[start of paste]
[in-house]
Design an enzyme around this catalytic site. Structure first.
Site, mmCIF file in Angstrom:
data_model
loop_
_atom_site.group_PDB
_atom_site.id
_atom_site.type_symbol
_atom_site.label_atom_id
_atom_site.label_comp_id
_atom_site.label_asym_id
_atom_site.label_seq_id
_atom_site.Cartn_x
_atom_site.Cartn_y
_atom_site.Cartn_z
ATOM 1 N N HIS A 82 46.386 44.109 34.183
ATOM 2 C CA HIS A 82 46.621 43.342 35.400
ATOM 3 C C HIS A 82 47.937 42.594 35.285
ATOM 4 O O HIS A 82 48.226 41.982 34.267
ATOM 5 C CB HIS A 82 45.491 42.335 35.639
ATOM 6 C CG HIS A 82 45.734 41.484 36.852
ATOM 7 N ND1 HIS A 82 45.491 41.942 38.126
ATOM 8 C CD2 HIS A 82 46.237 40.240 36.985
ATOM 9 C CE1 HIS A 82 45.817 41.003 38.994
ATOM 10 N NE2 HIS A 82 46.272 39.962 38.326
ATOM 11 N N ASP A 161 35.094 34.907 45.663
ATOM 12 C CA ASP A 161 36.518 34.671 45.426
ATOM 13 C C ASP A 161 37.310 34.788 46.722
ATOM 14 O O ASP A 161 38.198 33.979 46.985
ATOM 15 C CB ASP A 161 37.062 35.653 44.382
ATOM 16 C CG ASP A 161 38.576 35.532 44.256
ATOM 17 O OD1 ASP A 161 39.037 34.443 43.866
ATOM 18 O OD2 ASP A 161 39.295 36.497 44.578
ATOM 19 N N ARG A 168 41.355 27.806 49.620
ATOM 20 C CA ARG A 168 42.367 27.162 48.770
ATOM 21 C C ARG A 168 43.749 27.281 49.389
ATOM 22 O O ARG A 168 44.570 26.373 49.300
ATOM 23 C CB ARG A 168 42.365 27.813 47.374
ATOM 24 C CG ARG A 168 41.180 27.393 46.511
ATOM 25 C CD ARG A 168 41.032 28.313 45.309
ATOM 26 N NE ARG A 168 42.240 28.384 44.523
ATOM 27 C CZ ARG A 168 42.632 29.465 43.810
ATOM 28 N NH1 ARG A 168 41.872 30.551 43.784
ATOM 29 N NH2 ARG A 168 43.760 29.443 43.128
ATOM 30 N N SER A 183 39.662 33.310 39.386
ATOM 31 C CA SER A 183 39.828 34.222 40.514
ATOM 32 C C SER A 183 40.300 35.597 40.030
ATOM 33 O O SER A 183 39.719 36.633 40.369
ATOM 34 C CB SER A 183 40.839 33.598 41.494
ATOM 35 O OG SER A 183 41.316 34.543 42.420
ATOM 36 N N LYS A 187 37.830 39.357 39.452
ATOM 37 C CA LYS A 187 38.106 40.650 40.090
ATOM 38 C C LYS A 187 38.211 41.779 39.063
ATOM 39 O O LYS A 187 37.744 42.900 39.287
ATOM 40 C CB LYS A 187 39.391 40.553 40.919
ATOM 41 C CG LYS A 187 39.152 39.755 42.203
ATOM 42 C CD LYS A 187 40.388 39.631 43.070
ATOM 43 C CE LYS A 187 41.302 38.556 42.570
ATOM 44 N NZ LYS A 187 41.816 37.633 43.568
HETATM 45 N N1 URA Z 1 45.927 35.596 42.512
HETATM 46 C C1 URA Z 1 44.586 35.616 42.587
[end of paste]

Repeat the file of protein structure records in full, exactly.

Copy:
[in-house]
Design an enzyme around this catalytic site. Structure first.
Site, mmCIF file in Angstrom:
data_model
loop_
_atom_site.group_PDB
_atom_site.id
_atom_site.type_symbol
_atom_site.label_atom_id
_atom_site.label_comp_id
_atom_site.label_asym_id
_atom_site.label_seq_id
_atom_site.Cartn_x
_atom_site.Cartn_y
_atom_site.Cartn_z
ATOM 1 N N HIS A 82 46.386 44.109 34.183
ATOM 2 C CA HIS A 82 46.621 43.342 35.400
ATOM 3 C C HIS A 82 47.937 42.594 35.285
ATOM 4 O O HIS A 82 48.226 41.982 34.267
ATOM 5 C CB HIS A 82 45.491 42.335 35.639
ATOM 6 C CG HIS A 82 45.734 41.484 36.852
ATOM 7 N ND1 HIS A 82 45.491 41.942 38.126
ATOM 8 C CD2 HIS A 82 46.237 40.240 36.985
ATOM 9 C CE1 HIS A 82 45.817 41.003 38.994
ATOM 10 N NE2 HIS A 82 46.272 39.962 38.326
ATOM 11 N N ASP A 161 35.094 34.907 45.663
ATOM 12 C CA ASP A 161 36.518 34.671 45.426
ATOM 13 C C ASP A 161 37.310 34.788 46.722
ATOM 14 O O ASP A 161 38.198 33.979 46.985
ATOM 15 C CB ASP A 161 37.062 35.653 44.382
ATOM 16 C CG ASP A 161 38.576 35.532 44.256
ATOM 17 O OD1 ASP A 161 39.037 34.443 43.866
ATOM 18 O OD2 ASP A 161 39.295 36.497 44.578
ATOM 19 N N ARG A 168 41.355 27.806 49.620
ATOM 20 C CA ARG A 168 42.367 27.162 48.770
ATOM 21 C C ARG A 168 43.749 27.281 49.389
ATOM 22 O O ARG A 168 44.570 26.373 49.300
ATOM 23 C CB ARG A 168 42.365 27.813 47.374
ATOM 24 C CG ARG A 168 41.180 27.393 46.511
ATOM 25 C CD ARG A 168 41.032 28.313 45.309
ATOM 26 N NE ARG A 168 42.240 28.384 44.523
ATOM 27 C CZ ARG A 168 42.632 29.465 43.810
ATOM 28 N NH1 ARG A 168 41.872 30.551 43.784
ATOM 29 N NH2 ARG A 168 43.760 29.443 43.128
ATOM 30 N N SER A 183 39.662 33.310 39.386
ATOM 31 C CA SER A 183 39.828 34.222 40.514
ATOM 32 C C SER A 183 40.300 35.597 40.030
ATOM 33 O O SER A 183 39.719 36.633 40.369
ATOM 34 C CB SER A 183 40.839 33.598 41.494
ATOM 35 O OG SER A 183 41.316 34.543 42.420
ATOM 36 N N LYS A 187 37.830 39.357 39.452
ATOM 37 C CA LYS A 187 38.106 40.650 40.090
ATOM 38 C C LYS A 187 38.211 41.779 39.063
ATOM 39 O O LYS A 187 37.744 42.900 39.287
ATOM 40 C CB LYS A 187 39.391 40.553 40.919
ATOM 41 C CG LYS A 187 39.152 39.755 42.203
ATOM 42 C CD LYS A 187 40.388 39.631 43.070
ATOM 43 C CE LYS A 187 41.302 38.556 42.570
ATOM 44 N NZ LYS A 187 41.816 37.633 43.568
HETATM 45 N N1 URA Z 1 45.927 35.596 42.512
HETATM 46 C C1 URA Z 1 44.586 35.616 42.587